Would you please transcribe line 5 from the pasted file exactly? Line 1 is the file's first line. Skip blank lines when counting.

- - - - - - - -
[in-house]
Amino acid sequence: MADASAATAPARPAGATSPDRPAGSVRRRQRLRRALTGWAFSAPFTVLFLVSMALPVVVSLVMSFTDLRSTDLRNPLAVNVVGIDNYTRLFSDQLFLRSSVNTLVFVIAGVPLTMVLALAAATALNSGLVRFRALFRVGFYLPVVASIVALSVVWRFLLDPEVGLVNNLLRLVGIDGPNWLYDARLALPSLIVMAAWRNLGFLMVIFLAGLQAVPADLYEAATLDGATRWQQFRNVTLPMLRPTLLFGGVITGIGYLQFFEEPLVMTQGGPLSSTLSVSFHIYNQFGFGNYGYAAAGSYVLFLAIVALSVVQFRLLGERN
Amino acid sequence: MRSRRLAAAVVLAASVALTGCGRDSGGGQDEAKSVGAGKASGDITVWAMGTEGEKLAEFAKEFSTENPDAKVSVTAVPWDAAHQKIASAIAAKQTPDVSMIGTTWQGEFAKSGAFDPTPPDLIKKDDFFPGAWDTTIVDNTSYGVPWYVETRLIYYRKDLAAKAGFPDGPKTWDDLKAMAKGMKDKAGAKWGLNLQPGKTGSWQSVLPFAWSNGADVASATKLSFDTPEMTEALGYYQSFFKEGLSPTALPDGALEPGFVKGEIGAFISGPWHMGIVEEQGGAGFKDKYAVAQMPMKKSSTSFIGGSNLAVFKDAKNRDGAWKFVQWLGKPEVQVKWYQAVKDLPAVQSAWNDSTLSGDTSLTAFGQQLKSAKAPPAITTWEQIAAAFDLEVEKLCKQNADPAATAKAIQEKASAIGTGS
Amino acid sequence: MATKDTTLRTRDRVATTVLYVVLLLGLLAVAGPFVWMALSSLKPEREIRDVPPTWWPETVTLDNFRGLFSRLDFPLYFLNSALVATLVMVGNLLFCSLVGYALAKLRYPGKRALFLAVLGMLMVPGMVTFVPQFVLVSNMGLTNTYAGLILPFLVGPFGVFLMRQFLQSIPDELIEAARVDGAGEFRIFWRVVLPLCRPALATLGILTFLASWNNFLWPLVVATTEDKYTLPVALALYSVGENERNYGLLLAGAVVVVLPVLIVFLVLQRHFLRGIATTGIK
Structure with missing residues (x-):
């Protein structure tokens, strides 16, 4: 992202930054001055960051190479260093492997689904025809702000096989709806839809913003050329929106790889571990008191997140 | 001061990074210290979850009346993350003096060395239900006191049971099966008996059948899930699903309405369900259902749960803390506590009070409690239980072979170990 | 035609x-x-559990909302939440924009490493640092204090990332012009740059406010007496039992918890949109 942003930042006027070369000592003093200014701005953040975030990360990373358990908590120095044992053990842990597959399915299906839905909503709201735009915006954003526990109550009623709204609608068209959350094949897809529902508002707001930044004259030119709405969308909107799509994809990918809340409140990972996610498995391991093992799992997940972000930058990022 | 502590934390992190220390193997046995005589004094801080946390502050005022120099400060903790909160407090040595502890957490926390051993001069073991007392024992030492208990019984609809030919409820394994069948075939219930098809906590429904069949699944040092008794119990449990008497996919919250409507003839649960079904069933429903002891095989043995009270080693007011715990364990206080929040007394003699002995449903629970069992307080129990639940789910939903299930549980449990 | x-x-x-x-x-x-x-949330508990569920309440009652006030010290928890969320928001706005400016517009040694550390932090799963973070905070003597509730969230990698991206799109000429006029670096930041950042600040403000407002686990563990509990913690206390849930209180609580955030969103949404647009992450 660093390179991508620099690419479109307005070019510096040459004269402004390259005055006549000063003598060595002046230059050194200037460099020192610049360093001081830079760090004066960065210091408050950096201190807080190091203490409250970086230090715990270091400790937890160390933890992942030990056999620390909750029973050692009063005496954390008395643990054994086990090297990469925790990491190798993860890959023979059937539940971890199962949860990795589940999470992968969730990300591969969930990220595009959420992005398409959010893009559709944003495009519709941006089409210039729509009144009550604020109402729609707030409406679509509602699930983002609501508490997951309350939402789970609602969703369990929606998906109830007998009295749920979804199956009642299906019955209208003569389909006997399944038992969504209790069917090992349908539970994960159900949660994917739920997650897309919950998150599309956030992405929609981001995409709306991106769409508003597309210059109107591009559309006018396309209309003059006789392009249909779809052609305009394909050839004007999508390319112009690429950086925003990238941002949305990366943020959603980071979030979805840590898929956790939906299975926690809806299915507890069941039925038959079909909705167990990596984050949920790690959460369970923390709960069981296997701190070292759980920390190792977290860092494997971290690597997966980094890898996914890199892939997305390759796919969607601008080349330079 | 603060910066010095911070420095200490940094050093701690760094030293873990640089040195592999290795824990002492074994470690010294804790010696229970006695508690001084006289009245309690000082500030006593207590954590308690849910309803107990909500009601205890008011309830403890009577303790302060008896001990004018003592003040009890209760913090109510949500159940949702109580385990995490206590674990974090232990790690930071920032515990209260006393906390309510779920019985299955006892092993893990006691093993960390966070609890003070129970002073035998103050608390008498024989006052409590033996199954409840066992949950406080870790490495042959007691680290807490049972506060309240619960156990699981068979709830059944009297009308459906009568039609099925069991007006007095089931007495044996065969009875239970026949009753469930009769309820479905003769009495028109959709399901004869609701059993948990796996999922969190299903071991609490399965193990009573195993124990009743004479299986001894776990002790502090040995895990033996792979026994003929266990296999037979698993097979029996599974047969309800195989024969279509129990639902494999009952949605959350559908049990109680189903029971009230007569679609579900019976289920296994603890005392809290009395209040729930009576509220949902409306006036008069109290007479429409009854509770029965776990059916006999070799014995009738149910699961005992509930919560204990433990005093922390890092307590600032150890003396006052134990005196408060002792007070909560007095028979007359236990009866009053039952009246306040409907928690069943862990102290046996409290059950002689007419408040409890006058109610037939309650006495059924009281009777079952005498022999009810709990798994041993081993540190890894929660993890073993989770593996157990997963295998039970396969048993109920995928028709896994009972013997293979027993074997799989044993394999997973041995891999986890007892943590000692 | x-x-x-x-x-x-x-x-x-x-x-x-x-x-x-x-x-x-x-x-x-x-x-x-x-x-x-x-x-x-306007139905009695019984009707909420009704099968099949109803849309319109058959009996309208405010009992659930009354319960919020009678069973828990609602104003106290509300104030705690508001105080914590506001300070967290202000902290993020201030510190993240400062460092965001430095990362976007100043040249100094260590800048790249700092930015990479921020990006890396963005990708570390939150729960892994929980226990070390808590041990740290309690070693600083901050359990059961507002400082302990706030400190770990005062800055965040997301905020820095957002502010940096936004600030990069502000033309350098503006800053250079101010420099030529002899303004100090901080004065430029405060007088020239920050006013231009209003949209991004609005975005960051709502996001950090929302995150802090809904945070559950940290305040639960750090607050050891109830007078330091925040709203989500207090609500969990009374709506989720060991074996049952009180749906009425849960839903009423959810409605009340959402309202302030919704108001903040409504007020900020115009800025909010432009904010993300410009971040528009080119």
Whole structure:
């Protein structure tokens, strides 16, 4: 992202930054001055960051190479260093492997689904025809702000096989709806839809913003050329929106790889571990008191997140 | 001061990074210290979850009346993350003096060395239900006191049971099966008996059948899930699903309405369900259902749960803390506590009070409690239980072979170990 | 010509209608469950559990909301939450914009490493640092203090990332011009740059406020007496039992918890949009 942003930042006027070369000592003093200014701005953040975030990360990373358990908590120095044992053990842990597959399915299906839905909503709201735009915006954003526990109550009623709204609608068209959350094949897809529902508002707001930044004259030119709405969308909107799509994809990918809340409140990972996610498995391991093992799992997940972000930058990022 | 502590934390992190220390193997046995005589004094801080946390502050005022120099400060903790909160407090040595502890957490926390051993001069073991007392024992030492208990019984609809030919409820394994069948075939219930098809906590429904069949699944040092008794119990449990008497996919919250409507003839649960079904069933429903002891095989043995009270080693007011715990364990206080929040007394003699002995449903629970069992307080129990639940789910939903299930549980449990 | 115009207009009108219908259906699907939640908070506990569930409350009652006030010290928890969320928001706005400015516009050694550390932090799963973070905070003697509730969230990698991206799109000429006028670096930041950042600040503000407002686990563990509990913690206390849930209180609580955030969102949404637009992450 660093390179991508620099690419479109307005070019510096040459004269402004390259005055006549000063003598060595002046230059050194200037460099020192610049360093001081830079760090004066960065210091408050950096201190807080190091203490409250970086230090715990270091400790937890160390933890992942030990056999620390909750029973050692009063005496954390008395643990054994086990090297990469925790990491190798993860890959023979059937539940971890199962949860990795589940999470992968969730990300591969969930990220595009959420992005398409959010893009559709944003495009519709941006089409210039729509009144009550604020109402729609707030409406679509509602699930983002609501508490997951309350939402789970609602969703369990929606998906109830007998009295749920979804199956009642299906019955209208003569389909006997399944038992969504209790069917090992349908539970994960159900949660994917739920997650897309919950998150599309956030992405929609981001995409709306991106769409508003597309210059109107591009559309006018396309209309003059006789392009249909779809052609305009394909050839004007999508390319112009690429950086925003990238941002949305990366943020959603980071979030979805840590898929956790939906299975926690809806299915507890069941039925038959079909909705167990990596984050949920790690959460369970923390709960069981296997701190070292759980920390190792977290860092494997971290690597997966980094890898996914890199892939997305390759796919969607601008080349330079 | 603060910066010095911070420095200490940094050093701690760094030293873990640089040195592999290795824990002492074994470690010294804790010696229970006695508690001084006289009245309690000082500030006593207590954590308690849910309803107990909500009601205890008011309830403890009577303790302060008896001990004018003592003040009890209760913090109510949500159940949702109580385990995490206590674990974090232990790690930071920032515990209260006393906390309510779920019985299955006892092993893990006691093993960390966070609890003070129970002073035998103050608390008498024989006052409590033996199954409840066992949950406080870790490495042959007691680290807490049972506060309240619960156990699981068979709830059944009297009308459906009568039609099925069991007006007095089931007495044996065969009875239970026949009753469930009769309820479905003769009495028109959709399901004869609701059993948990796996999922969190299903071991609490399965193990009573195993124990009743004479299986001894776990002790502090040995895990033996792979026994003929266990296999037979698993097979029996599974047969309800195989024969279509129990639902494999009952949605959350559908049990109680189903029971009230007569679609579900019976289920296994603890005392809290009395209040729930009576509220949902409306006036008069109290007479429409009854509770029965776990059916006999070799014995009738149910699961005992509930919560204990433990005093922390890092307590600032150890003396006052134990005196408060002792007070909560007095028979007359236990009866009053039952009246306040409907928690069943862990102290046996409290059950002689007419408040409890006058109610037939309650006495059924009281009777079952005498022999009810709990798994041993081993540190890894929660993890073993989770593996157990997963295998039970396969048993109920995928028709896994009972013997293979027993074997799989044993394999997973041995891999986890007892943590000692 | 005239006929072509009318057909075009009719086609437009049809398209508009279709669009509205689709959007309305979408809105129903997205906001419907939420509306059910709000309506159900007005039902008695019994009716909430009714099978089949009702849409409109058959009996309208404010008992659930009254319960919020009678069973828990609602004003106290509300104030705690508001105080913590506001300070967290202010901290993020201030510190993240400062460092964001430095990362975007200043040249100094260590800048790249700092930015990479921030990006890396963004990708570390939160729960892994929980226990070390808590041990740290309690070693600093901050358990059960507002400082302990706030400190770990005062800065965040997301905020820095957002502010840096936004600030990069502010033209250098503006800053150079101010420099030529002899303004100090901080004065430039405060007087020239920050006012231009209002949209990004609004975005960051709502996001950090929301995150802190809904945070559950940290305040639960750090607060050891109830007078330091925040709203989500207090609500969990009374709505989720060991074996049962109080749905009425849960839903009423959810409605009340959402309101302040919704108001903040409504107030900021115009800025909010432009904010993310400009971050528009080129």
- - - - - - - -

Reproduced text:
Structure with missing residues (x-):